GP Short Notes # 125, 17 August 2019
On 11 August 2019, Mahinda Rajapaksa announced his brother, Gotabaya Rajapaksa as the presidential candidate of the Sri Lanka Podujana Peramuna (SLPP) for the forthcoming election. Mahinda Rajapaksa, a former President and currently the leader of Opposition also officially took charge as leader of SLPP. This party is founded by his loyalists in 2016, breaking away from the Sri Lanka Freedom Party (SLFP), of which even Mahinda Rajapaksa was previously part of.
The Presidential election which is due before the end of the year is expected to be crucial given Sri Lanka's political environment. The ruling United National Party (UNP) is yet to announce its candidate, due to the disagreements between its leader Prime Minister Ranil Wickremesinghe and the party’s deputy leader Sajith Premadasa. President Maithripala Sirisena, leader of the SLFP, is most likely to support Rajapaksa.
What is the background?
Gotabaya's as SLPP's Presidential candidate is not surprising; Mahinda Rajapaksa cannot run for Presidency due to a 2015 legislation that places a two-term limit. He would be SLPP's prime ministerial candidate in the general elections scheduled in 2020. Although not founded by Mahinda himself, the SLPP is synonymous with the Rajapaksas. The party is founded and comprises of Mahinda loyalist including his brothers, Basil and Gotabaya Rajapaksa.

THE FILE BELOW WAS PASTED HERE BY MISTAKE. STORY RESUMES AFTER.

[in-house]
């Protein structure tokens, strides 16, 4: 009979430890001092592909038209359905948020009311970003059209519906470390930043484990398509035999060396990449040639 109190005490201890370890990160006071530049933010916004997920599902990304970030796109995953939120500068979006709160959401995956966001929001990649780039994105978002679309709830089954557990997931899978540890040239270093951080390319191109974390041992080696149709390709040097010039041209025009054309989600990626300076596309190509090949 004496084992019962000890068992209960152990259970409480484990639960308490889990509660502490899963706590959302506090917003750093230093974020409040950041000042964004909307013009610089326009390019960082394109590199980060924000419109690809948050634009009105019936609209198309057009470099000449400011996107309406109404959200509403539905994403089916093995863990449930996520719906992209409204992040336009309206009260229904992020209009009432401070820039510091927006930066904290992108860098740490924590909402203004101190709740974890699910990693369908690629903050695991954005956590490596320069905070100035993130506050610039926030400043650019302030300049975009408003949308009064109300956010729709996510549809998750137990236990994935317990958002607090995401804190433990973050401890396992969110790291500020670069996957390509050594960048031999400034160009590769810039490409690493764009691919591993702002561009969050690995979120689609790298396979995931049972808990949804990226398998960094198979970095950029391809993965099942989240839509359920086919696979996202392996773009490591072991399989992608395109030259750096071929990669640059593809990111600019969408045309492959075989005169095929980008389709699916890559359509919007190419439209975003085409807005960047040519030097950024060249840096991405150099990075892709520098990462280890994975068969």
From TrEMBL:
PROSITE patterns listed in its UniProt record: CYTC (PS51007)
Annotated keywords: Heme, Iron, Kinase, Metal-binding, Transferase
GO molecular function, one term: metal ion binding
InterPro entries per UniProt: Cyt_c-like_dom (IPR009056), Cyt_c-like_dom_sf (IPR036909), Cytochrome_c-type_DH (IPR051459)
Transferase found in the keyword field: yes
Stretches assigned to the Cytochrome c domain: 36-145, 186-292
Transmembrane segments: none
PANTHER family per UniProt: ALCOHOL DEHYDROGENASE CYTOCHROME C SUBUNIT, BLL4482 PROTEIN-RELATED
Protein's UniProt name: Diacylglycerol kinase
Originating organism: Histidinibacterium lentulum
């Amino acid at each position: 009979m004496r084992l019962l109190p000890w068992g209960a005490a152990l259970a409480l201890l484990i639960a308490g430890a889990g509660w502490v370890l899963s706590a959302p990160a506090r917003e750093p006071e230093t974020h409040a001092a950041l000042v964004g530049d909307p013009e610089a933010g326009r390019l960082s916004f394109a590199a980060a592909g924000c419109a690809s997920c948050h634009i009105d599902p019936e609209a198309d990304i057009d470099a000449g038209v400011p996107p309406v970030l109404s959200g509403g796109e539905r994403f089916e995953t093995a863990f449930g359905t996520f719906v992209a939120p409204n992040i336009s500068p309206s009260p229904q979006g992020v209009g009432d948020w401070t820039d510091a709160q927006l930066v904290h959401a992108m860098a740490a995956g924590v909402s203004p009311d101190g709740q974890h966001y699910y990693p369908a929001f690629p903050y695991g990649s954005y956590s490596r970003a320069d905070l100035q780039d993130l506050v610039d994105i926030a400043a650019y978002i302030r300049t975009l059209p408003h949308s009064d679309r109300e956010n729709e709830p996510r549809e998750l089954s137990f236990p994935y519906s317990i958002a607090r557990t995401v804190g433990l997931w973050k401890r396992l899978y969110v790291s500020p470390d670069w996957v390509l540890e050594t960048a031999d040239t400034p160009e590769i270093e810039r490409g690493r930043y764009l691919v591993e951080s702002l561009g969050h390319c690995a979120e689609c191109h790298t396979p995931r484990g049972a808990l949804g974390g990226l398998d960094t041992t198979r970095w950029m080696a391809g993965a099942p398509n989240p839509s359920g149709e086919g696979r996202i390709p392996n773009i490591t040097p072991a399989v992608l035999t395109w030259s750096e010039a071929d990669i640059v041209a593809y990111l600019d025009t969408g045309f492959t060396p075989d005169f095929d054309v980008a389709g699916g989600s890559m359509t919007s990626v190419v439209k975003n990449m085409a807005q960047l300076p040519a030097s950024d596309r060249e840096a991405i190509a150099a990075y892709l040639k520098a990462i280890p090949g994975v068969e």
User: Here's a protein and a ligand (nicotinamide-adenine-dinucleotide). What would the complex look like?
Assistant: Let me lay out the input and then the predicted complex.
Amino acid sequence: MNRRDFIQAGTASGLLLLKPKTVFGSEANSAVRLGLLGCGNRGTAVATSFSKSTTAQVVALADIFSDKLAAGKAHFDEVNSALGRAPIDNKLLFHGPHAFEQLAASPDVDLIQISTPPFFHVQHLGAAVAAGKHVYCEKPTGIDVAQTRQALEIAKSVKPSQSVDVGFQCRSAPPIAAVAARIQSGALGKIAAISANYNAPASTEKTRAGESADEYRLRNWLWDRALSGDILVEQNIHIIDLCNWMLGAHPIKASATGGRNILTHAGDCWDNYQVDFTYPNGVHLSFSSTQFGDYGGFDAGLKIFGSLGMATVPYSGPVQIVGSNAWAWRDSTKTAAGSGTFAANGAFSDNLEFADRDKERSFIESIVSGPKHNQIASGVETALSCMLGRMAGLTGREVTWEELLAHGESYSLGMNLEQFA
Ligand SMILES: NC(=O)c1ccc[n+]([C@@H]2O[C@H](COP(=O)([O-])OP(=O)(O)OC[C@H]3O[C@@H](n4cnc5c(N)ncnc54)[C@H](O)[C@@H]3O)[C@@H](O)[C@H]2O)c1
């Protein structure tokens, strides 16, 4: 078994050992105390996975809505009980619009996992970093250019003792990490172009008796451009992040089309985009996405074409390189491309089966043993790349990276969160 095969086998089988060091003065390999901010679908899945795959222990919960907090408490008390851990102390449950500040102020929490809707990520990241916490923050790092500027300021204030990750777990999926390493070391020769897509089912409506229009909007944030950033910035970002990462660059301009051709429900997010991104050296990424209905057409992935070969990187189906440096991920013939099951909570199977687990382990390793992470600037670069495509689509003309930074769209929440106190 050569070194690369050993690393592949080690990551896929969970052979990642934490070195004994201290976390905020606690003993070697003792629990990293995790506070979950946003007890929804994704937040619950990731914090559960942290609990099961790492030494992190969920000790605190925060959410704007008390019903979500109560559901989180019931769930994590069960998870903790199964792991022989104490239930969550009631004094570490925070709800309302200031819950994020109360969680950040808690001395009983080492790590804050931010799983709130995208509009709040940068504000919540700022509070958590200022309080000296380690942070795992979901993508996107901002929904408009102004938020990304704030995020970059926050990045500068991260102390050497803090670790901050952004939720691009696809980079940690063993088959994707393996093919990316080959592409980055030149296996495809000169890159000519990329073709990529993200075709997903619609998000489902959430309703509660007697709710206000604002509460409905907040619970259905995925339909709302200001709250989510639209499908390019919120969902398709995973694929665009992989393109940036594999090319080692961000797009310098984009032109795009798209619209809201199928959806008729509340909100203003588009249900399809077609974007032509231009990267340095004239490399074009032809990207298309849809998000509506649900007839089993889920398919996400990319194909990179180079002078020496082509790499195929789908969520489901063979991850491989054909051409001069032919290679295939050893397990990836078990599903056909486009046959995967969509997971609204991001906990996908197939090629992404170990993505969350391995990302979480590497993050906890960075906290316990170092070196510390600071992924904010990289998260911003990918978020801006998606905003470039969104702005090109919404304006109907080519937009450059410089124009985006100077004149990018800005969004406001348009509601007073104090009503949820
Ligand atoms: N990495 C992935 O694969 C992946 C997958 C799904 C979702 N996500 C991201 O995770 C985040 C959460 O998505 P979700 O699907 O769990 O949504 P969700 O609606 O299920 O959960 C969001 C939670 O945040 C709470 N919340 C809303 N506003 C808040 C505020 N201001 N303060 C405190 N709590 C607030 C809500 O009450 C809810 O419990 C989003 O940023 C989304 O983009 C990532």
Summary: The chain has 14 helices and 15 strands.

The SLPP performed well in the 2018 local elections. On the other hand, the current coalition of UNP and SLFP, that came to power in 2015 is under threat. The difference between Wickremesinghe and Sirisena became public in a Parliamentary coup by the latter in 2018. It also made evident Rajapaksa's zeal for coming back to power. Wickremesinghe was reinstated later; however, the failure to prevent the Easter attack in 2019, has dented this government further.
What does this mean?
Firstly, Gotabaya may have the support of SLFP and may face a weak UNP candidate; however, he may not have the support of the Tamil National Alliance (TNA), the Tamil party coalition. Gotabaya is credited for the end of Sri Lankan civil war and is also blamed for the war crimes and violence against the Tamil community. He may not have significant support from the Tamil vote bank.
Secondly, Gotabay may get the Sinhalese vote, but his record may discourage some. His involvement with the civil war linked to Sri Lanka’s infamous “white-van abductions” targeting dissidents, anti-Rajapaksa voices and media, will not help. He has also faced trial for financial fraud and murder which he has denied. His support for the radical Sinhala Buddhist groups, who are notorious for provoking violence against minorities, may play a role.
Thirdly, in case Rajapaksa comes to power this election, it will ensure the impact the democratic process in Sri Lanka. The present government though weak but has been successful in reinstalling a rule-based order. Gotabaya's victory will also ensure a long-lasting reign of the Rajapaksa family.